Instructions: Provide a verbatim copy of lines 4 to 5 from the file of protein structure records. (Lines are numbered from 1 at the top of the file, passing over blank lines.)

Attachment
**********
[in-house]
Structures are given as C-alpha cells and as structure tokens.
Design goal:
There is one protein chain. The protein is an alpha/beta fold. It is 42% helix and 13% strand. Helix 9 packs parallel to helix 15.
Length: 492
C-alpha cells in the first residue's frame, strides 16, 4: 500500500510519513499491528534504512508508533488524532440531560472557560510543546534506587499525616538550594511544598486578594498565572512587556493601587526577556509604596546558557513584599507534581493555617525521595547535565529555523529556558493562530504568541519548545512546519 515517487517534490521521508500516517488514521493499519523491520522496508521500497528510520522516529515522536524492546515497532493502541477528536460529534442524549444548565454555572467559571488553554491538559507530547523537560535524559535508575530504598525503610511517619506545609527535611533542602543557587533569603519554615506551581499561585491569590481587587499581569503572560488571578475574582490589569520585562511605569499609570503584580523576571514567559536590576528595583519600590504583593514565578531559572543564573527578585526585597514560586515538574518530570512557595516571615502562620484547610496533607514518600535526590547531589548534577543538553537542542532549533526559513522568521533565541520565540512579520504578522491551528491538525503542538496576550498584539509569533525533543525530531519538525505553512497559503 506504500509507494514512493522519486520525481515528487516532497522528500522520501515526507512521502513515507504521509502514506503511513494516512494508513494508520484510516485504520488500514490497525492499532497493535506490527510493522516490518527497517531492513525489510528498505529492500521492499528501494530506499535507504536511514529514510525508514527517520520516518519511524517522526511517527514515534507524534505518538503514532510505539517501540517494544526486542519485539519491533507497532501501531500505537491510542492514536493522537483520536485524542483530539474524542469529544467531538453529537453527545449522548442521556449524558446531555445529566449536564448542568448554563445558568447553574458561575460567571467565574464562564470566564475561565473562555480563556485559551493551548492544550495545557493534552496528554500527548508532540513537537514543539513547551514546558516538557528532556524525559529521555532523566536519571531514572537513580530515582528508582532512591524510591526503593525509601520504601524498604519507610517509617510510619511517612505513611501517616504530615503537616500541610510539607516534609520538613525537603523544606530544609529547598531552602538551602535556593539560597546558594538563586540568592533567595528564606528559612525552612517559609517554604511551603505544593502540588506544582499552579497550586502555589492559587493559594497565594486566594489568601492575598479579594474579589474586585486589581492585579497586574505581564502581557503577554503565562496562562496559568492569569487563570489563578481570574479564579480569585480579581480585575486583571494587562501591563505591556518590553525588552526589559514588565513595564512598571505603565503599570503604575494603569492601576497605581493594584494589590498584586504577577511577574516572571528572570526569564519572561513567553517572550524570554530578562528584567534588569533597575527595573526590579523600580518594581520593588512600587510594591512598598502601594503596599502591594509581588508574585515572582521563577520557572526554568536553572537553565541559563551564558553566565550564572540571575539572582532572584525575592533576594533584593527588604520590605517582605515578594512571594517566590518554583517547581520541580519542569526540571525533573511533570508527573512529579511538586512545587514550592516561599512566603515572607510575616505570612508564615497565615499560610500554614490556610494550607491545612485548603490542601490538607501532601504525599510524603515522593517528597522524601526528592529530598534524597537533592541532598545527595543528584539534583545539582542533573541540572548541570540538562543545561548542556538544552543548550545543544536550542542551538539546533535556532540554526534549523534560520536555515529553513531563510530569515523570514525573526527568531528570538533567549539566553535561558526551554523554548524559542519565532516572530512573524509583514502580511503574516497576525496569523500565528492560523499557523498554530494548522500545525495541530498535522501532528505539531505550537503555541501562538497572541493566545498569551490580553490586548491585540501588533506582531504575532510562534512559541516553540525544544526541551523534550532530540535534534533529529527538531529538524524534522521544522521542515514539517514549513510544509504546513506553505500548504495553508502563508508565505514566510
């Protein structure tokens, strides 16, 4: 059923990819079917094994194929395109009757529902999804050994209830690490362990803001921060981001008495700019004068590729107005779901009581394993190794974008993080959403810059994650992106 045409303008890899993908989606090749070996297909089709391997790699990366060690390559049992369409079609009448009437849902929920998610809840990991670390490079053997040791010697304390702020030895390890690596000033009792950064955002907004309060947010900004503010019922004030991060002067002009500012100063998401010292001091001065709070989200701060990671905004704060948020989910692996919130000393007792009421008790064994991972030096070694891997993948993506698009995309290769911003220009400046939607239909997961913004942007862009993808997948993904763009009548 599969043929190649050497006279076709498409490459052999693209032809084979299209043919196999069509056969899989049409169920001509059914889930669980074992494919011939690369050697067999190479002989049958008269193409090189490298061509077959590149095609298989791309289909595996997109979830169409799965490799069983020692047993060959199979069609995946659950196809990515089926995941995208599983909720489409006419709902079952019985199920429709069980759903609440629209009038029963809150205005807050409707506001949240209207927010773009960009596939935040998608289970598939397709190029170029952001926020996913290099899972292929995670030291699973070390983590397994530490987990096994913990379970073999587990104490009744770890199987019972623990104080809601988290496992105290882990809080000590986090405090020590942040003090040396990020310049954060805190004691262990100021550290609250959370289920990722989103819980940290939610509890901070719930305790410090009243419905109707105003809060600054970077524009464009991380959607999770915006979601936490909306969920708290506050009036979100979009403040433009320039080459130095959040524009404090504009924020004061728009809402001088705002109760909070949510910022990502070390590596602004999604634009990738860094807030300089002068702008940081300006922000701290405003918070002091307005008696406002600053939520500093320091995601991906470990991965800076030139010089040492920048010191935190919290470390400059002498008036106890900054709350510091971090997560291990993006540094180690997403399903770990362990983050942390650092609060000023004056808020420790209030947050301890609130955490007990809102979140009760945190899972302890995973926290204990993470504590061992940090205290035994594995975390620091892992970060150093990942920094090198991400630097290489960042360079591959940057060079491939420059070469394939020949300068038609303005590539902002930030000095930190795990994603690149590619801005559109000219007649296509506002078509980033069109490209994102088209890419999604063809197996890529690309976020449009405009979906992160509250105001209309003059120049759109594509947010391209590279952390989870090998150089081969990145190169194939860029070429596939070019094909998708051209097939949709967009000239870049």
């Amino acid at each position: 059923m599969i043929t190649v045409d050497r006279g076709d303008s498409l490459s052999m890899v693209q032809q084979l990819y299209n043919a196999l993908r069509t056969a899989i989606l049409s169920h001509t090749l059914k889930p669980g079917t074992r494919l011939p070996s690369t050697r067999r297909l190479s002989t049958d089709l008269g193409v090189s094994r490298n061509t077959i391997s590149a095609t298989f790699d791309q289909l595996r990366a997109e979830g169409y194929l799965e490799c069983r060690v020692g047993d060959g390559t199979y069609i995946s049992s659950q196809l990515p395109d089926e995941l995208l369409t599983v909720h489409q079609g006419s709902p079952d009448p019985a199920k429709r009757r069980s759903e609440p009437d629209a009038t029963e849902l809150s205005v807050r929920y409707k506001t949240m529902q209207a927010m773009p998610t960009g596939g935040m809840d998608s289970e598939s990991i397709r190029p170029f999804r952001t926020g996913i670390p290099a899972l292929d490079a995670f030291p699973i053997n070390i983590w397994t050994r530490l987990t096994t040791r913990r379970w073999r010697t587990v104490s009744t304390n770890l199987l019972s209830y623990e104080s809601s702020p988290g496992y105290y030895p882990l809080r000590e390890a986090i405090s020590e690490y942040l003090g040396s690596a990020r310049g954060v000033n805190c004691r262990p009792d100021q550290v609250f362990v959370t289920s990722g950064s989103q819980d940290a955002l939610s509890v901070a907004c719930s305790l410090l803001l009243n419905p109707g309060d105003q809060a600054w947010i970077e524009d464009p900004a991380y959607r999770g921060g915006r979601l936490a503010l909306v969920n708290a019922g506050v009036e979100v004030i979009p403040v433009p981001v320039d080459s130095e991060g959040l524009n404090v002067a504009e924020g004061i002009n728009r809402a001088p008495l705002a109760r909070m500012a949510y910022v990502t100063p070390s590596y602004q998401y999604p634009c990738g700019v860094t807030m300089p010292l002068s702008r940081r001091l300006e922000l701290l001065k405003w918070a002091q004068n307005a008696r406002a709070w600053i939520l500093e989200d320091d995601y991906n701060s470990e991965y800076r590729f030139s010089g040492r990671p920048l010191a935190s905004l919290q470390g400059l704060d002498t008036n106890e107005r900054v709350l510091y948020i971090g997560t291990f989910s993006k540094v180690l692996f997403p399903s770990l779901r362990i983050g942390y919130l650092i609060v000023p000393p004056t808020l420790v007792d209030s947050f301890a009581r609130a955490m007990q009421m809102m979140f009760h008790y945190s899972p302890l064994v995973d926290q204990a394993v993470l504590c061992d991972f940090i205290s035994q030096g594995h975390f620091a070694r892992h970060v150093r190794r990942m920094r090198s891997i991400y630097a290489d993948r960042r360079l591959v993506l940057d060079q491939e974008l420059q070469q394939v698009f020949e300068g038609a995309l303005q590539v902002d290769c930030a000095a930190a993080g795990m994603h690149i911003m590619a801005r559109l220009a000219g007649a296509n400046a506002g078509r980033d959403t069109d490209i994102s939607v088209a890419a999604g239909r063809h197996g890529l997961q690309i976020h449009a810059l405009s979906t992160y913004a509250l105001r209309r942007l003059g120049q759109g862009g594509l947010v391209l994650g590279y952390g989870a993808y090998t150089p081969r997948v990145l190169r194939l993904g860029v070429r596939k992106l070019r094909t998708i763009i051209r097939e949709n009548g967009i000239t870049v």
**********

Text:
There is one protein chain. The protein is an alpha/beta fold. It is 42% helix and 13% strand. Helix 9 packs parallel to helix 15.
Length: 492